Two weeks ago Julie and I celebrated our wedding anniversary by attending a performance of As You Like It in Piedmont Park. The experience reminded me of a few things that might be applied to the church. Here are three.
1. When insight into human nature is combined with humor, the impact can be profound. Some say Shakespeare is inaccessible because the language is unfamiliar to modern ears. They complain that it’s hard to understand and boring. I”ll be the first to admit that until we get familiar with Shakespeare’s vocabulary and rhythms of language, it can be difficult to read the words on the page. But when those words are skillfully acted out on stage, it’s a completely different story. Even then, the unfamiliar language could leave the stories inaccessible if the stories and characters didn’t connect with us on a fundamental level; but they do!
Shakespeare had a genius gift for portraying characters with depth and true to life emotions, fears, temptations, jealousies, and hopes. While watching As You Like It, I was struck by how closely the humanity of the characters on the stage resembled my own. Equally intriguing was the sharp wit of the characters. Humor and a keen insight into what makes us tick can make a lasting impression on an audience.
At church we tell stories that many people argue are inaccessible. People say they don’t read the Bible because it’s hard to understand or boring. And that might be true if the stories and characters didn’t connect with us on a fundamental level: but they do!
The good thing about the Bible is we have characters with depth and true to life emotions to work with. And we have the chance every Sunday, through skillful storytelling, humor and insight to connect the humanity of Holy Scripture with our own humanity–the chance to leave a lasting impression for Christ. As Christians that is both our obligation and our privilege.
2. The more things change, the more they stay the same. A lot has changed in the last 400 years. But what was funny in 1600 is funny now. What was true then is true now. What was beautiful and gallant and charming then is beautiful and gallant and charming now. What was evil and duplicitous and wrong then is still wrong now.
Technology changes. Language changes. Customs change. Clothing changes. Professions change. Economies change. Governments change. Family systems change. But Shakespeare’s stories remind us that right and wrong don’t change. Love and lust; pride and greed; valor and selfishness; sin,forgiveness and redemption all continue to rule our affairs in more or less consistent measures.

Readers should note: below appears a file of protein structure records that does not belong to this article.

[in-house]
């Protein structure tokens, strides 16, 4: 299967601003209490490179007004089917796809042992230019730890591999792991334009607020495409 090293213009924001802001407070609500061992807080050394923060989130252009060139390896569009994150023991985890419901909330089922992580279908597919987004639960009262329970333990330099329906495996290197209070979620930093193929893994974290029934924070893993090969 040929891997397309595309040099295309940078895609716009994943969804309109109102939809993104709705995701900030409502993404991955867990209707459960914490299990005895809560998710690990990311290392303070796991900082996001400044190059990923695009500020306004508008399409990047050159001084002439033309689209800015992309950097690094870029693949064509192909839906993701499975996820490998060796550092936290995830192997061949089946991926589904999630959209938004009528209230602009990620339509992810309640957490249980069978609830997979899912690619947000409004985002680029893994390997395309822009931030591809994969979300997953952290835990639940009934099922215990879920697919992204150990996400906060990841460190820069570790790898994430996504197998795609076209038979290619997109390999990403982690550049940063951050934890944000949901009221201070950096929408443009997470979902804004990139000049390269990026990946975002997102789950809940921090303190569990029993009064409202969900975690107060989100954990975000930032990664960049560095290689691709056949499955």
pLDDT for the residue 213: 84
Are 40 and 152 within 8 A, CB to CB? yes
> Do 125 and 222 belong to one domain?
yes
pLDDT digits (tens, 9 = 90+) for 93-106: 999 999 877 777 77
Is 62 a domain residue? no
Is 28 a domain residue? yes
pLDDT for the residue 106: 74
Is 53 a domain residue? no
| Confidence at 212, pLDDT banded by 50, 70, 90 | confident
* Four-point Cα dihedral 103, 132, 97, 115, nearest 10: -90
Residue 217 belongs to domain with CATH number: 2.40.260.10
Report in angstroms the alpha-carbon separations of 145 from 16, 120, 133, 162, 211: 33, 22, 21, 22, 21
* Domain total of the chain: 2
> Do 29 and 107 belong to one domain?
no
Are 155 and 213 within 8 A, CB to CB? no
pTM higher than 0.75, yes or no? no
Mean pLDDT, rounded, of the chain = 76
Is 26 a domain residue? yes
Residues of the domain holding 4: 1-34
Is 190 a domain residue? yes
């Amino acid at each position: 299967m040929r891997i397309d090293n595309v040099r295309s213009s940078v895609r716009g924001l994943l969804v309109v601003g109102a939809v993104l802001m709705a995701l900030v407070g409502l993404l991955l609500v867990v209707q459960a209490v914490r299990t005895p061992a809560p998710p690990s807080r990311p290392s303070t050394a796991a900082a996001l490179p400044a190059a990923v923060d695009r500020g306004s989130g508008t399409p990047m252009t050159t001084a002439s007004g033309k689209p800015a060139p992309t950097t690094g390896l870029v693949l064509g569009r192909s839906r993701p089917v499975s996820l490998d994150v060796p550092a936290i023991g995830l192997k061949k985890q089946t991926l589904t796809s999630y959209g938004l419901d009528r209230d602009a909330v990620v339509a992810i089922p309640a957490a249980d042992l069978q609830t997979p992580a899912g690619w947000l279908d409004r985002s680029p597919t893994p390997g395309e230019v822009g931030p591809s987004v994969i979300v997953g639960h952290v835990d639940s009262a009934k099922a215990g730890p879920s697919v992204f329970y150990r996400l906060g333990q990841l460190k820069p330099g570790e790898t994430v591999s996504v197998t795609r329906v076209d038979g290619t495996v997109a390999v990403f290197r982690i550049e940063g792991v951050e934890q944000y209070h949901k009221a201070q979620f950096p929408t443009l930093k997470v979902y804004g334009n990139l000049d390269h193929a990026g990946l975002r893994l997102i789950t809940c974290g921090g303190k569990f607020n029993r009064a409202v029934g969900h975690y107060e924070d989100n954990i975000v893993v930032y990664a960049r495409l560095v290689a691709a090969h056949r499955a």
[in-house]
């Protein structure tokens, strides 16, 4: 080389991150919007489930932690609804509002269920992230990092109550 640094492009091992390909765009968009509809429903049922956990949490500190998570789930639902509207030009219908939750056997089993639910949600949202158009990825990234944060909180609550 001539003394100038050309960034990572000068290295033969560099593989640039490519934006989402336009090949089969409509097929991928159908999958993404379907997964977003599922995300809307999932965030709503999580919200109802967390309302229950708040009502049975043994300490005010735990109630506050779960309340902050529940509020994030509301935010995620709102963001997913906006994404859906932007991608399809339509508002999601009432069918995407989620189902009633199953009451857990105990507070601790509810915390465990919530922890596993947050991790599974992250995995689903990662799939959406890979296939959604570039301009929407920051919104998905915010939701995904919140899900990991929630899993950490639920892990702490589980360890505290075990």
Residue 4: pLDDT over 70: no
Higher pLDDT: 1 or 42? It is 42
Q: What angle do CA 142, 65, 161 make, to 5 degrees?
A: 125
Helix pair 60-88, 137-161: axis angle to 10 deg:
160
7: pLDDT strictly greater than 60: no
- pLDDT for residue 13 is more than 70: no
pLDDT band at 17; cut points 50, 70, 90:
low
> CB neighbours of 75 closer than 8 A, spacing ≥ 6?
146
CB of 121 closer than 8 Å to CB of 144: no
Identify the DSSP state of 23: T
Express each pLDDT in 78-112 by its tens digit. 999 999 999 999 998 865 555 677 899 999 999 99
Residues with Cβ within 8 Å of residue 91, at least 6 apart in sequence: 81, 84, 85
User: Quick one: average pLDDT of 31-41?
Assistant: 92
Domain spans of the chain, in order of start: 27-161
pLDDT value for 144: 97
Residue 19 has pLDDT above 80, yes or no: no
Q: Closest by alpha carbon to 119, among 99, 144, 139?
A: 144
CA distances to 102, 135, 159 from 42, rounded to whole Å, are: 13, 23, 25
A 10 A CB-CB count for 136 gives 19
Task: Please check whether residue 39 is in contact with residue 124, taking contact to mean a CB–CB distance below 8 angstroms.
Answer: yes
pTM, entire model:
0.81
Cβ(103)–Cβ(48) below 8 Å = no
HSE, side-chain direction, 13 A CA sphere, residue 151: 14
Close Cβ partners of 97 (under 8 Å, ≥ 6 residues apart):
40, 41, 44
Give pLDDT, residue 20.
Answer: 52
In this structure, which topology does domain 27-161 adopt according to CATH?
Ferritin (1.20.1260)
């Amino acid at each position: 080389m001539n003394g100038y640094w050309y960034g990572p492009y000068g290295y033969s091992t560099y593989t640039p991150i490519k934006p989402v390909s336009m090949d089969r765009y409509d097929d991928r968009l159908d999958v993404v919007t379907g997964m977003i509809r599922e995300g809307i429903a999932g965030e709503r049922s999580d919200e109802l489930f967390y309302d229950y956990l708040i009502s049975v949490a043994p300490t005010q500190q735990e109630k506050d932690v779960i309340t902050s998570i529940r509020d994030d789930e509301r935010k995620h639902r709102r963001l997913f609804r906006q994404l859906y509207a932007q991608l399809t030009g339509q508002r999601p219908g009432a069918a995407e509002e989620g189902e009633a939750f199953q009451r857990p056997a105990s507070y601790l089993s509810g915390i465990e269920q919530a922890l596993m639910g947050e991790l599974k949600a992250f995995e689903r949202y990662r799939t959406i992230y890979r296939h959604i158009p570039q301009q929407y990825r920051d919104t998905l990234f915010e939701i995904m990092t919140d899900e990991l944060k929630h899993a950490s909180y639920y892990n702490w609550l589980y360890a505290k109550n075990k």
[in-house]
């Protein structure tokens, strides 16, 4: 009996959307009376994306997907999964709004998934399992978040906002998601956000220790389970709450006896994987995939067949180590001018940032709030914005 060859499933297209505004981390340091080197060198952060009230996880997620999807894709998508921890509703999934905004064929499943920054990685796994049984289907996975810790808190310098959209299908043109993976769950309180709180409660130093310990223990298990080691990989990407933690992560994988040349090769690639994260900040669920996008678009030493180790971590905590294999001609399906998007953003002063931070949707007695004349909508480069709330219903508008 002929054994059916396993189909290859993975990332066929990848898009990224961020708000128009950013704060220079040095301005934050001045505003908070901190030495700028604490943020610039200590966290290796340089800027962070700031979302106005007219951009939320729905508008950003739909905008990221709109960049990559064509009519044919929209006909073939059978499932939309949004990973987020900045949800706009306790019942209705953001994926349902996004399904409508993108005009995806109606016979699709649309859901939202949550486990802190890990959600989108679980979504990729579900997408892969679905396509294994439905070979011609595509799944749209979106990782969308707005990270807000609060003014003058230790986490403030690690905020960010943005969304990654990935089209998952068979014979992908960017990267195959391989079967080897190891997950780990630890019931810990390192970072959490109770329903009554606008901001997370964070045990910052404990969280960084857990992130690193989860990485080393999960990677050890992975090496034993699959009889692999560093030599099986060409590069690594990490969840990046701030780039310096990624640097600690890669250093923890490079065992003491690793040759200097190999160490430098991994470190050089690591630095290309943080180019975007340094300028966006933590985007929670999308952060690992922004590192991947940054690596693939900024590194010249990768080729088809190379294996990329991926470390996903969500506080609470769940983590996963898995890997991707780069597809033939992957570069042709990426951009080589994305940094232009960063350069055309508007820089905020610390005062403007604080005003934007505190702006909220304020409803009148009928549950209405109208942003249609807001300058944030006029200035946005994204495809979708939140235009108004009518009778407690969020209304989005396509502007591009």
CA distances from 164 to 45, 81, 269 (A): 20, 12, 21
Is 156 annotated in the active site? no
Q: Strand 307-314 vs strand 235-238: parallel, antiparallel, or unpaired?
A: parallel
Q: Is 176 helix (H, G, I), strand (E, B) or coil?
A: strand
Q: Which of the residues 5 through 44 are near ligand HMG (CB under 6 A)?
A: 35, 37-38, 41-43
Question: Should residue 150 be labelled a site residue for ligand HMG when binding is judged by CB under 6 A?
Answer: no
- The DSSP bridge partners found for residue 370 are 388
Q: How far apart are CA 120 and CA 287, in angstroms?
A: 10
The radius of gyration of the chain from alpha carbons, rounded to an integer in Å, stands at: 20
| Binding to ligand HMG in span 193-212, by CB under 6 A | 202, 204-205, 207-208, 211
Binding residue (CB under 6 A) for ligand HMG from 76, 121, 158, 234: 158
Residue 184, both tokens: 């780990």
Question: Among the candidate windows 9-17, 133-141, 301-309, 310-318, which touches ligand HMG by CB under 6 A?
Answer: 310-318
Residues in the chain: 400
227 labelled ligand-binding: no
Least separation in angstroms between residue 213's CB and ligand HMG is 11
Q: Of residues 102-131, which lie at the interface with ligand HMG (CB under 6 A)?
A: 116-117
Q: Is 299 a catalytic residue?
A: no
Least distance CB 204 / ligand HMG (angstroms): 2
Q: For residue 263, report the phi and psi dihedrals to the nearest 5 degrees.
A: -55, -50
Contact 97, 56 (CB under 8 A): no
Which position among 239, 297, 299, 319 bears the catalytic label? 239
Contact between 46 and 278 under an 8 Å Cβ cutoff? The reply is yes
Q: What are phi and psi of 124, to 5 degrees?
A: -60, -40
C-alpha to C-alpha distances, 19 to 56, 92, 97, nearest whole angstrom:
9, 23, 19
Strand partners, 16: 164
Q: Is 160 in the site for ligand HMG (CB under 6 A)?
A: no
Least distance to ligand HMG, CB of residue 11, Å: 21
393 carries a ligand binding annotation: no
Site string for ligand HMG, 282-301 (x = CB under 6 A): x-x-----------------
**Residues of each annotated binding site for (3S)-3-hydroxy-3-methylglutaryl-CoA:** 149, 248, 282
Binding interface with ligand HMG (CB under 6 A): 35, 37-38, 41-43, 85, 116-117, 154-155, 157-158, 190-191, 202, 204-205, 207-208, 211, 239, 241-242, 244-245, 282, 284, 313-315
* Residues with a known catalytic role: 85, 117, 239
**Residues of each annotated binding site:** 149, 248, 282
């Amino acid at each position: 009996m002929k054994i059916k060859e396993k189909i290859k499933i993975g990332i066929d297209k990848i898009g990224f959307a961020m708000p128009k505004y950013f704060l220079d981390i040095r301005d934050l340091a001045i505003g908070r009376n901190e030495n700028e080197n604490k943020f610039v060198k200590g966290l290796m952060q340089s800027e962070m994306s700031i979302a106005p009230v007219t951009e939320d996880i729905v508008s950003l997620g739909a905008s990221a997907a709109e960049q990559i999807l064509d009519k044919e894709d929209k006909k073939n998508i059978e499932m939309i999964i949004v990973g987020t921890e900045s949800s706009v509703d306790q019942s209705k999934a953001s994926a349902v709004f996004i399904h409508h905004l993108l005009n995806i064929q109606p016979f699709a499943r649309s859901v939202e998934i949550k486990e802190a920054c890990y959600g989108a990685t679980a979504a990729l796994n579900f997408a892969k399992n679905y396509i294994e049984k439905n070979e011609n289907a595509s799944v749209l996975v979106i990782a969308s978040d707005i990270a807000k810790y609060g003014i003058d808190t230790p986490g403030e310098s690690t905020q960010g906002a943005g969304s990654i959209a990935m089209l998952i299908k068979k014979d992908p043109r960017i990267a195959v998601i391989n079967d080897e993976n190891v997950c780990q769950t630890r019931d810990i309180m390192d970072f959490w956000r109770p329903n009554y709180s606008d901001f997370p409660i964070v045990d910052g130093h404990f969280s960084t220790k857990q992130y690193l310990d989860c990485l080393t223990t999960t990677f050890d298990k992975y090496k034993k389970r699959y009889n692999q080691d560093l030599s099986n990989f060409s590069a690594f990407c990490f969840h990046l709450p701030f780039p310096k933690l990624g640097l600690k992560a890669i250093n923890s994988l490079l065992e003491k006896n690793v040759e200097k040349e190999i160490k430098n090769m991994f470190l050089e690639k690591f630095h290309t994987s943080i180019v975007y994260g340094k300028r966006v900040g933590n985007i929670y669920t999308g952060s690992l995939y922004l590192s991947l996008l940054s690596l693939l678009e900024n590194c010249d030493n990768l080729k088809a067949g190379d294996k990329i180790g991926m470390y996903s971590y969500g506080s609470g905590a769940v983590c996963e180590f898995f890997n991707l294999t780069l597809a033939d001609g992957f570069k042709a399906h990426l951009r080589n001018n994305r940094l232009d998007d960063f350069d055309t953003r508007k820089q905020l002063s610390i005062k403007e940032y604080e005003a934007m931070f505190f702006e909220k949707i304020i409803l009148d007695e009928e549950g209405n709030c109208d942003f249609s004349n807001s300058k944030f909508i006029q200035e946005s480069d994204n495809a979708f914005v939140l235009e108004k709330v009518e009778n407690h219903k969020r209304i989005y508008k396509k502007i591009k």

The outer identifiers of life change all the time. But the human heart remains the same. Jesus’ words continue to be as relevant and challenging today as they were when he first spoke them because we continue to be as torn between selfishness and selflessness, justice and grace, as we’ve always been.
3. Excellence and artistry need not be inaccessible to the masses. In fact, when creative work can’t be widely understood and isn’t widely appreciated it usually signals a shortcoming in excellence, artistry, or both. What does it take to connect with the wider world? Shakespeare reminds us that we don’t need to dumb down our message or appeal to the lowest common denominator to reach the masses.
Shakespeare wrote for princes and paupers, for servants and kings. One way to find broad appeal is to aim for popularity. That can work. But there’s another way–aiming for excellence. Excellence is a language common to us all, universally recognized and appreciated. Excellence has a lasting appeal that the purely popular does not.
At church we have the most excellent message to share. In Christ we are given the key to a most excellent adventure. That message–and our Savior–deserve excellence in worship and Bible study and fellowship and community and preparation and prayer. God is excellent, so when we are excellent, people will see God in us. And, I promise you, God in us has broad appeal. Excellence will always be popular.
So that’s what I was thinking about while reclining on a blanket on a perfect Friday night in Piedmont Park. Great thoughts for an anniversary celebration–I’m a hopeless romantic, I know. But that’s not all I was thinking.
I was also thinking how lucky I am to be married to the most wonderful girl in the world. God is good. Very good. Excellent, even. Happy anniversary, Julie!